In his first post-inauguration campaign-style rally, President Trump told the crowd inside an airplane hangar in Melbourne, Florida, that the purpose of the event was to speak to the American people “without the filter of the fake news.”
Trump continued his attacks on the “dishonest media,” which he said, “published one false story after another, with no sources.”
“They are part of the corrupt system,” Trump said of the media, just days after Thursday’s 76-minute press conference where he attacked the media for spreading ‘fake news.’
Apart from speaking on the need to curb illegal immigration as part of his national security strategy, Trump also touched on his new administration’s commitment to NATO, urging all member states to contribute 2 percent of their GDP to the alliance’s budget.
“We are fighting battles that no longer help us. I’m a NATO fan but many of the countries in NATO, many of the countries that we protect, many of these countries are very rich countries – they are not paying their bills,” Trump said.
The new president also voiced support for the creation of what he calls “safe zones” in Syria and the wider Middle East in general.
“We are going to have the Gulf States pay for those safe zones,” Trump told supporters at the event dubbed, “a campaign rally for America,” by the White House.
“Instead of peace, we see wars that never end and conflicts that never seem to go away. We don’t fight to win; we fight politically correct wars,” he noted.
The US leader did not elaborate on the details of the proposed “safe zones”, but noted that people should be able to “stay there and live safely in their cities” until their country is stabilized.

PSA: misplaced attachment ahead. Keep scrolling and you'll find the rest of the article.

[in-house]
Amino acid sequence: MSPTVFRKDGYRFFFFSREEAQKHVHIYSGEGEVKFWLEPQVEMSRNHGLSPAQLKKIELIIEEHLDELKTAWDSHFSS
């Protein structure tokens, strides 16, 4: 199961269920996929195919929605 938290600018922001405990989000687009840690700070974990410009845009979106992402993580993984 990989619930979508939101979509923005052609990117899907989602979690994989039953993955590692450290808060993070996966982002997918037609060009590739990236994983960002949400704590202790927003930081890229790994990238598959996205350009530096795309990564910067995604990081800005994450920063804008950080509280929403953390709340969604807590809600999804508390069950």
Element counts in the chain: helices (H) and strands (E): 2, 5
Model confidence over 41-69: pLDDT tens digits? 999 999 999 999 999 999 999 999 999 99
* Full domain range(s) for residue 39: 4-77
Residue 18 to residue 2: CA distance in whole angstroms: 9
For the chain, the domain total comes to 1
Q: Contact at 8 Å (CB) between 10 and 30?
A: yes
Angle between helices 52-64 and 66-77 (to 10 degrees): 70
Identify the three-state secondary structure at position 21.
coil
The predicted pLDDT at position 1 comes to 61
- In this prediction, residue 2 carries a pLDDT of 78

“We’ve allowed thousands and thousands of people into our country and there was no way to vet those people, there was no documentation there was no nothing. So, we’re going to keep our country safe,” Trump promised.
The idea of creating so-called safe zones in Syria has previously been endorsed by Saudi Arabia, the United Arab Emirates, and Turkey.
Moscow and Damascus oppose the initiative.
“Our American partners did not consult with Russia [regarding the ‘safe zones’]. It is their sovereign decision,” Kremlin spokesman Dmitry Peskov said last month when the idea first emerged.
According to a document reportedly seen by Reuters last month, Trump wants the Pentagon and State Department to compile a plan for setting up the ‘safe zones’ within 90 days of the presidential order being signed. That draft, however, did not provide any details on what the zones would require in terms of security or where they might be located.
The US president argued that creating such zones could help cope with the influx of migrants not only to the EU but also into the US, as Trump defended his decision to issue an executive order banning citizens from seven predominantly Muslim countries from travel to the US.